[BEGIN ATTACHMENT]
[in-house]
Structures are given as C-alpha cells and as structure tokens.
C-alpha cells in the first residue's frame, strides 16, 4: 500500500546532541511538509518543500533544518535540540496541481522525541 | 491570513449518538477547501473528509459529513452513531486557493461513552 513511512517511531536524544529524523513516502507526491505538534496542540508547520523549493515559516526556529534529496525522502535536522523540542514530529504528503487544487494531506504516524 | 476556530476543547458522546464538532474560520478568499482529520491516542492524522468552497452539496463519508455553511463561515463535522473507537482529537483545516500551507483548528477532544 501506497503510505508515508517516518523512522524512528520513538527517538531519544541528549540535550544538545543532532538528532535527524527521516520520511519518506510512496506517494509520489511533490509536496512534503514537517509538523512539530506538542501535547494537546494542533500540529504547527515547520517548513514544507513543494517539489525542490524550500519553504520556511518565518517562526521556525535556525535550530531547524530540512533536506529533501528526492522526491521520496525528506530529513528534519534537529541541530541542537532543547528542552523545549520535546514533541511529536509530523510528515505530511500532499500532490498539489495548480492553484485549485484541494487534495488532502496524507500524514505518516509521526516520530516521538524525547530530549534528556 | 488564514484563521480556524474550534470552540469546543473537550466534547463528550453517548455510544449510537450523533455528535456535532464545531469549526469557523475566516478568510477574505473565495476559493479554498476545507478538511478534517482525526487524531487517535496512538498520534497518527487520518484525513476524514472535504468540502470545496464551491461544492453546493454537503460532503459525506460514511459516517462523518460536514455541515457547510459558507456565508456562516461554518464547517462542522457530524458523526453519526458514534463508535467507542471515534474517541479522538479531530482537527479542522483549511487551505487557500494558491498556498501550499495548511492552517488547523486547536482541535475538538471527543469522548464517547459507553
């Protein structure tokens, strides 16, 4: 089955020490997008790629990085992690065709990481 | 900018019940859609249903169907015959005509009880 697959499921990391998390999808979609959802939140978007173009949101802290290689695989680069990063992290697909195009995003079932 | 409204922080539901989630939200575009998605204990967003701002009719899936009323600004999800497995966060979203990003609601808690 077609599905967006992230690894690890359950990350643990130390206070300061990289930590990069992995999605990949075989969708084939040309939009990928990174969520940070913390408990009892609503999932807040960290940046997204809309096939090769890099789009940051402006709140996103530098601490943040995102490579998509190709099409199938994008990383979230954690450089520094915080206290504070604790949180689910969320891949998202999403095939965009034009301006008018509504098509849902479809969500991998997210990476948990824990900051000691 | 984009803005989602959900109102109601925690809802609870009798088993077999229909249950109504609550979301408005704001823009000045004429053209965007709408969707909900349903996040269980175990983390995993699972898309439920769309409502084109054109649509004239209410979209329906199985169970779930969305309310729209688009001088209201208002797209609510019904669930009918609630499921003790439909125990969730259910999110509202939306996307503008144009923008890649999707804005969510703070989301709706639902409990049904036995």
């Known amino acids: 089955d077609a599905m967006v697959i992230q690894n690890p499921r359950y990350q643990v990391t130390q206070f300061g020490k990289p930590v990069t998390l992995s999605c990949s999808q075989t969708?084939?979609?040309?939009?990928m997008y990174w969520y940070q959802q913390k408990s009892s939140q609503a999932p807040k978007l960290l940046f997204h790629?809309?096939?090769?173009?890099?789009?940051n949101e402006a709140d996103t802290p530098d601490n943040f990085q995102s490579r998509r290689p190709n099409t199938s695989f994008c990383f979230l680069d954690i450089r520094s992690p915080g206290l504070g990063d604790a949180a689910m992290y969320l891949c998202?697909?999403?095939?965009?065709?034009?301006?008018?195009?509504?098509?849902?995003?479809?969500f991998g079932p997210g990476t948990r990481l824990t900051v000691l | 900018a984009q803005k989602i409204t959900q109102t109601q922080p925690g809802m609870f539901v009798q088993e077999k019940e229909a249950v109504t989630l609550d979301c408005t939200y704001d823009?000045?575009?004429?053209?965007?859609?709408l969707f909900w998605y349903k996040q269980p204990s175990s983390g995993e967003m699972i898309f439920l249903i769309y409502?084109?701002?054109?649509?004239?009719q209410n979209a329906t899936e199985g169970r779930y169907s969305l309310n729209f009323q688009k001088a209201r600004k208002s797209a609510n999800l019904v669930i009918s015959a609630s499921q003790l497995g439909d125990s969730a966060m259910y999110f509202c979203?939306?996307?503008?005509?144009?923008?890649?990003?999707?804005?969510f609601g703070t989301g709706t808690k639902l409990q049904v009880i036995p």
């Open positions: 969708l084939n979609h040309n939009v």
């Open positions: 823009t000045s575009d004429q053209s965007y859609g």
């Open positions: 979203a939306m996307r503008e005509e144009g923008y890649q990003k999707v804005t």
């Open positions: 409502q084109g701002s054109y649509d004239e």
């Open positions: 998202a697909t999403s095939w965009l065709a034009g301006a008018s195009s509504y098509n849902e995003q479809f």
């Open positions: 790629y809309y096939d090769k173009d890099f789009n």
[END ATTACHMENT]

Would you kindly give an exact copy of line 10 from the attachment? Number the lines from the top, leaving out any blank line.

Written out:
């Open positions: 998202a697909t999403s095939w965009l065709a034009g301006a008018s195009s509504y098509n849902e995003q479809f």